Almost every lecture or workshop I teach is followed with this question, “Will the HIPAA police fine me?” I used to confidently be able to say, “you have more chance of winning the lottery than getting a fine for violating HIPAA”. Ten years later, my response has shifted firmly into, “it’s possible.”
Several things have changed my answer. For several decades now -27 years to be accurate- HIPAA has focused largely on hospitals and large entities, leaving dental professionals to believe that either HIPAA doesn’t apply to them, or enforcement agencies won’t pay attention to them. This has created a false sense of security for the dental industry.
That all changed in 2019. A practice (1) was turned in by a patient for responding to a negative YELP review with all the details of the appointment as the rebuttal. Then nothing for a few years. OCR, or Office for Civil Rights, was silent about any further penalties against dentists. That again changed in 2021. In one day, OCR announced THREE fines in the dental space, bringing the total to seven dentists that have been fined for HIPAA violations. (2)
Why the sudden uptick in fining dentists? Well, each one of those dentists were egregious in their violations. It’s never just the online review response or the refusal to provide copies of images. Fines are reserved for practitioners that have systemic non-compliance with HIPAA. The most common things that are missing are:
- Inadequate, infrequent or missing HIPAA workforce training for all team members before they are granted access to PHI or computers containing PHI, and then refresh training annually. I’d also recommend discussing specific topics periodically at team meetings to keep up on things between those annual team trainings.
- Lack of a thorough and accurate Risk Analysis. Many people think a Security Risk Assessment is enough. Although a Security Risk Assessment is important and should be done as part of a Risk Analysis, a questionnaire alone is not identifying all your risks and vulnerabilities, let alone making a plan to remediate those vulnerabilities.
- Lack of reasonable and appropriate policies and procedures. I can’t tell you the number of times I’ve walked into a dental practice to review the policies and procedures before a pending investigation, only to be faced with template policies that have nothing to do with the practice. Some aren’t even written for dental!
- Lack of Contingency Plans. Written plans that outline what you do in different kinds of emergencies. Think of it like BLS. You take that course every two years not just because it’s required, but to keep your skills fresh so when you are faced with that emergency, you will go into autopilot instead of panicking. Your written contingency plans are the same.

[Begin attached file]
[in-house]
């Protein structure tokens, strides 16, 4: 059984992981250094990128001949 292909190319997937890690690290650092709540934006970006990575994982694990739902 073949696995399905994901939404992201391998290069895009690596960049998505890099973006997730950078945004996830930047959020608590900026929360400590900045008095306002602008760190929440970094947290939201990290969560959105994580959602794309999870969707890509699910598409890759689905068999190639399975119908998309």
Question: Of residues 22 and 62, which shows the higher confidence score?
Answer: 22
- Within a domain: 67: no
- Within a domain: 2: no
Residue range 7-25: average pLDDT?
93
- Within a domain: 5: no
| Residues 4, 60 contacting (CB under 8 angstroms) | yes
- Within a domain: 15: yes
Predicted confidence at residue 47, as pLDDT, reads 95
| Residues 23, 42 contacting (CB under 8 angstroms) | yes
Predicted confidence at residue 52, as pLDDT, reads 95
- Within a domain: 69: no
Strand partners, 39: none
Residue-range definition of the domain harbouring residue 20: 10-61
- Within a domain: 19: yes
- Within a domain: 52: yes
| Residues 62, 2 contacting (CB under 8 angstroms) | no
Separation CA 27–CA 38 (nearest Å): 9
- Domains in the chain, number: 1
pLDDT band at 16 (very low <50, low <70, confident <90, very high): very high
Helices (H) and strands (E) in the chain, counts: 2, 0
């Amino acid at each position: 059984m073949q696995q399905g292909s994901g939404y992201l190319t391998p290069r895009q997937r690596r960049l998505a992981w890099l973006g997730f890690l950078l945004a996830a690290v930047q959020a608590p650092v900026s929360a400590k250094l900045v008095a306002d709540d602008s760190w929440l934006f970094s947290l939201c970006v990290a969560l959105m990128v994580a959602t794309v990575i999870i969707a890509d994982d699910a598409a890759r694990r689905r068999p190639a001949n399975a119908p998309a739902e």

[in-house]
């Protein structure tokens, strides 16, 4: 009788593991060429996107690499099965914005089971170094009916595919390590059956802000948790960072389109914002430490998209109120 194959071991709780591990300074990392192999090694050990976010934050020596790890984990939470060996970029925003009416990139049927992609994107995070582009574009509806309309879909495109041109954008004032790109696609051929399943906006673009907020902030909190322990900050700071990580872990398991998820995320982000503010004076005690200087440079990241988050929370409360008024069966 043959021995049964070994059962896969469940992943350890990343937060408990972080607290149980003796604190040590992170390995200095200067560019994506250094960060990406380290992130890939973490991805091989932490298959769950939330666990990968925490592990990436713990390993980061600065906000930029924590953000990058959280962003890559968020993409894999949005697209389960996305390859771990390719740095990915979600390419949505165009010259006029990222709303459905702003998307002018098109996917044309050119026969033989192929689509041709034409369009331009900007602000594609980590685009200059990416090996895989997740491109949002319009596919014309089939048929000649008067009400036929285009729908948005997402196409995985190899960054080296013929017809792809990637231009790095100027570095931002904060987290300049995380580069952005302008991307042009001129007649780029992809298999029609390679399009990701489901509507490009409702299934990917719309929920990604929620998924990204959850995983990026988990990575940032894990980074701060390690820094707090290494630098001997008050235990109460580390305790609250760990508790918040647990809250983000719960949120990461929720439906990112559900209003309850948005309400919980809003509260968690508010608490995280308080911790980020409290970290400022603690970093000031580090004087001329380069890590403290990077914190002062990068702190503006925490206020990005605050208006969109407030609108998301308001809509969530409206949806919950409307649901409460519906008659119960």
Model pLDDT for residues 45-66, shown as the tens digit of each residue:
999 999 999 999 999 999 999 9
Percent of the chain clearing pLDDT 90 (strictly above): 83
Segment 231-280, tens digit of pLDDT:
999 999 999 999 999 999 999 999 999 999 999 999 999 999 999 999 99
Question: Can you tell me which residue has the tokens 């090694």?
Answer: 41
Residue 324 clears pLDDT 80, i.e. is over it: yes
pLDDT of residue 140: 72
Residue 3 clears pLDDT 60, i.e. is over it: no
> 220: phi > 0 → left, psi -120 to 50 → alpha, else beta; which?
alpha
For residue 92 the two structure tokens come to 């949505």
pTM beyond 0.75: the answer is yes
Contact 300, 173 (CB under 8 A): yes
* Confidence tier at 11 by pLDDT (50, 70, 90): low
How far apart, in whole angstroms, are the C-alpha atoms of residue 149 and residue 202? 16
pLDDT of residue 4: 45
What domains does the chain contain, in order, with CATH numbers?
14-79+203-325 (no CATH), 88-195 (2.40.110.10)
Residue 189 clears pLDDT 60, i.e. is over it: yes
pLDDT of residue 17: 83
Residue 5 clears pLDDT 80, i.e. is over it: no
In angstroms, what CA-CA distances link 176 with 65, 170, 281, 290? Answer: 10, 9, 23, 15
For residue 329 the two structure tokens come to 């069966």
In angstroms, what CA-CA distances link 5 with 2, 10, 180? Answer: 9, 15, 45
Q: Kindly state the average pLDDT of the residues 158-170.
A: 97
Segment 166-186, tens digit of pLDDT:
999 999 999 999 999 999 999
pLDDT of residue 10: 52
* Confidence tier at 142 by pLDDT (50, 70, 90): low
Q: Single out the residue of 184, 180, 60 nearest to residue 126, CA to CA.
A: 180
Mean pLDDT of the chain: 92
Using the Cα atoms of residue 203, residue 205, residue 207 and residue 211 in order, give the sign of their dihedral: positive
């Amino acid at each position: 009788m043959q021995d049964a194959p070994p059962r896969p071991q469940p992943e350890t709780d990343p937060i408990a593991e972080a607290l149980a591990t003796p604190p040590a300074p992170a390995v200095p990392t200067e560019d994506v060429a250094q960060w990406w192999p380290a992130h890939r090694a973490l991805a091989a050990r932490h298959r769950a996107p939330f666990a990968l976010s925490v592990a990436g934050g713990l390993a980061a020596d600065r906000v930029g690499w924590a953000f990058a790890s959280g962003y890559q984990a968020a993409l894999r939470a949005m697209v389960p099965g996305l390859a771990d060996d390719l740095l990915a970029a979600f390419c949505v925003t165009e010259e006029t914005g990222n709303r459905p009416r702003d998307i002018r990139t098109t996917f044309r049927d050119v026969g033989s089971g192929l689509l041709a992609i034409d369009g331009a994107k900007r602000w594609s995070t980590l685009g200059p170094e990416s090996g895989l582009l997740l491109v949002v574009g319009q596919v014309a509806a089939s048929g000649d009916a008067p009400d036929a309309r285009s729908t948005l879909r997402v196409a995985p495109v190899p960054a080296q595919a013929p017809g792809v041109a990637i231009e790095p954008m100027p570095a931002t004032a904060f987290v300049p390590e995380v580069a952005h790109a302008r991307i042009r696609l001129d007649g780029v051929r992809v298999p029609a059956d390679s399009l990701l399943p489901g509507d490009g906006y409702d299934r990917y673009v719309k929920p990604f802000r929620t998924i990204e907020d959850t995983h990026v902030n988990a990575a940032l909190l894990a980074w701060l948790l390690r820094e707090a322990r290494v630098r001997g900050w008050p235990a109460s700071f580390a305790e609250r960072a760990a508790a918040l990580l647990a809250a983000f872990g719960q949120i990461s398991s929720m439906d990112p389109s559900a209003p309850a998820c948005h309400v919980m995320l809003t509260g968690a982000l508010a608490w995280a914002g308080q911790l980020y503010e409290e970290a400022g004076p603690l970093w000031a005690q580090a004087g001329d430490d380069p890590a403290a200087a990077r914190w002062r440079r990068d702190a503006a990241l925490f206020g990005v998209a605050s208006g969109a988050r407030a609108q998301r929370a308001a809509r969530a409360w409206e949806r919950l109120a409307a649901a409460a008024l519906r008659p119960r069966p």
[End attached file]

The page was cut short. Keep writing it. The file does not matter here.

- Lack of reasonable and appropriate safeguards to protect digital data. I outlined this in great detail in a previous article with The Profitable Dentist: Dentists Can No Longer Hide From HIPAA . If you or your IT Provider are not doing all the things listed, you may quickly find yourself a victim of a cybersecurity incident as well as a HIPAA investigation.
Another common question I get is, “if I have a data breach, will I get sued or get a fine?” It would be amazing if I never got another call that someone had a data breach, privacy or security incident, but the reality is that it’s not “IF”, it’s “WHEN” something will happen. When it happens, those documents and proof of compliance had better have been in place for some time, or the likelihood of a messy, costly investigation that could result in a fine or even patient lawsuits dramatically increases.
It’s also worth noting what these seven dentists were fined for. Two were fined for responding to negative online reviews. One was fined for using patient contact information and communication software to solicit campaign contributions. The rest have been fined for Private Right of Access violations. Under HIPAA, patients have certain rights, including: a right to receive a copy of, inspect, request amendments to, or assign a proxy to their records and more. What most of these fined dentists did was withhold copies of x-rays and other parts of the legal medical record because the patient owed a balance. To clarify, under no circumstances should you ever, ever, ever withhold records. Patient rights should also be outlined in the practice’s Notice of Privacy Practices (that should be displayed and be made available to all patients.) If you are unsure if yours is current, there is a free template that can be edited on the Health and Human Services website. (3)